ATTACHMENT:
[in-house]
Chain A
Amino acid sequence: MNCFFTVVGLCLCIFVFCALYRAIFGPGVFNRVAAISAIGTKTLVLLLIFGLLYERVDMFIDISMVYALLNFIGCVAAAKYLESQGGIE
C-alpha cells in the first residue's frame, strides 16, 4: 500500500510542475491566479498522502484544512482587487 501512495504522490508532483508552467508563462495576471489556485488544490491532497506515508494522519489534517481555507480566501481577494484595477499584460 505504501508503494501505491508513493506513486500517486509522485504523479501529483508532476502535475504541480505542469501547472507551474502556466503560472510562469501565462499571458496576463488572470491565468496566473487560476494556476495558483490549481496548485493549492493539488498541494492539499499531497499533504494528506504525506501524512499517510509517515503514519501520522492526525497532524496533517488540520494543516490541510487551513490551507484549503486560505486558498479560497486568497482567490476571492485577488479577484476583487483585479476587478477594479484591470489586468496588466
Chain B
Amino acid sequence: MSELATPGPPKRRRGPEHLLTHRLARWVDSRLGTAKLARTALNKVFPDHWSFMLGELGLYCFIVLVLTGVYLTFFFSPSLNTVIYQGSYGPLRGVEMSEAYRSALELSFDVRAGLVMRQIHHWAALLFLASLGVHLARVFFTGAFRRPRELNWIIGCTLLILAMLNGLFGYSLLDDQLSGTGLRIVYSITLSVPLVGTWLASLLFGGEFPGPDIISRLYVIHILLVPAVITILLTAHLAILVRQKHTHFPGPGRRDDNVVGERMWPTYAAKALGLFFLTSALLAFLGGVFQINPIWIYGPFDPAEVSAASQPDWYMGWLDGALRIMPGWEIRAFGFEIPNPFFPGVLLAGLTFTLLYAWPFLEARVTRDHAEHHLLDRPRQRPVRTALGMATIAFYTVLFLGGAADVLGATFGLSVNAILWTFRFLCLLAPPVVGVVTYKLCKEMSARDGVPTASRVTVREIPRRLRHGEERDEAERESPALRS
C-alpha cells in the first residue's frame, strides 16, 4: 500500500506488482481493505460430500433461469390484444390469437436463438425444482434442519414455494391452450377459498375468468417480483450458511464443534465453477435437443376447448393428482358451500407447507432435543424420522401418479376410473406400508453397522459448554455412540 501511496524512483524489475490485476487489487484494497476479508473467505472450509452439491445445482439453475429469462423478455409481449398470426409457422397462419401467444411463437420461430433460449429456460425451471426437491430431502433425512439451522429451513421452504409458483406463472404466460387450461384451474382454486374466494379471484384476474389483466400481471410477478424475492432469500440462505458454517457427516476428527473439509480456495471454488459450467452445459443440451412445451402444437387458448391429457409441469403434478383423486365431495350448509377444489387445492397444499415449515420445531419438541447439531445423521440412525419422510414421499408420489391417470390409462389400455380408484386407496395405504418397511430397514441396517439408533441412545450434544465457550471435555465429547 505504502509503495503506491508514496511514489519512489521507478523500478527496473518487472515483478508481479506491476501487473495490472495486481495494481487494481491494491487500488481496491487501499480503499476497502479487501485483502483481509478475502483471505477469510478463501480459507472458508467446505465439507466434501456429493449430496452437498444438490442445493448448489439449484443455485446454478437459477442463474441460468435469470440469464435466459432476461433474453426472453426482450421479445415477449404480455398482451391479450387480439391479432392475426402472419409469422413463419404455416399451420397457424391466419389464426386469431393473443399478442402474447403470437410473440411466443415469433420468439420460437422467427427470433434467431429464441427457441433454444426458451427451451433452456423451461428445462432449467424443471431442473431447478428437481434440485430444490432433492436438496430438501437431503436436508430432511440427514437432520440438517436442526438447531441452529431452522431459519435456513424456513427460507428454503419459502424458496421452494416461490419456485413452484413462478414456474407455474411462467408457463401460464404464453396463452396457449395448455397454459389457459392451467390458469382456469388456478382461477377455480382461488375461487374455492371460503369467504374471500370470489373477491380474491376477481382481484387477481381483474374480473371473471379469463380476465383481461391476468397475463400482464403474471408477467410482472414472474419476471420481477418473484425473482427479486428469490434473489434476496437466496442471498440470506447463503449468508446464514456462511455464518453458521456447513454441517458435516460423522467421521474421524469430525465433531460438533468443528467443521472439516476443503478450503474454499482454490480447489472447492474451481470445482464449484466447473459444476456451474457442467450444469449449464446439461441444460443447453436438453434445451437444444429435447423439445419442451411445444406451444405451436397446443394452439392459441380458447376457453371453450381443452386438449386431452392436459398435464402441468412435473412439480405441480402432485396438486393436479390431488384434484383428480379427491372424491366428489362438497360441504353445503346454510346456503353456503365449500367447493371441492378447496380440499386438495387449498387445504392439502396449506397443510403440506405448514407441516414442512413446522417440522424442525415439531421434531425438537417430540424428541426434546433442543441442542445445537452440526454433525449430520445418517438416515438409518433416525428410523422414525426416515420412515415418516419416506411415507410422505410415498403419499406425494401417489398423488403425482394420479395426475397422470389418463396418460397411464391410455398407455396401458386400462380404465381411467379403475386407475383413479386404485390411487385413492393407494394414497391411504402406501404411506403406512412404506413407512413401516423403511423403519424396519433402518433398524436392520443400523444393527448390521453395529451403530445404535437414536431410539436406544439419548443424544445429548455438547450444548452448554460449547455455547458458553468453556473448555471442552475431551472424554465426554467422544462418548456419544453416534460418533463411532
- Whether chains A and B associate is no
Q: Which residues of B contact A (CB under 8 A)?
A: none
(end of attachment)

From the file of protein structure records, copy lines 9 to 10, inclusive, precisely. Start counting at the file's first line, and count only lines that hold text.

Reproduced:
Q: Which residues of B contact A (CB under 8 A)?
A: none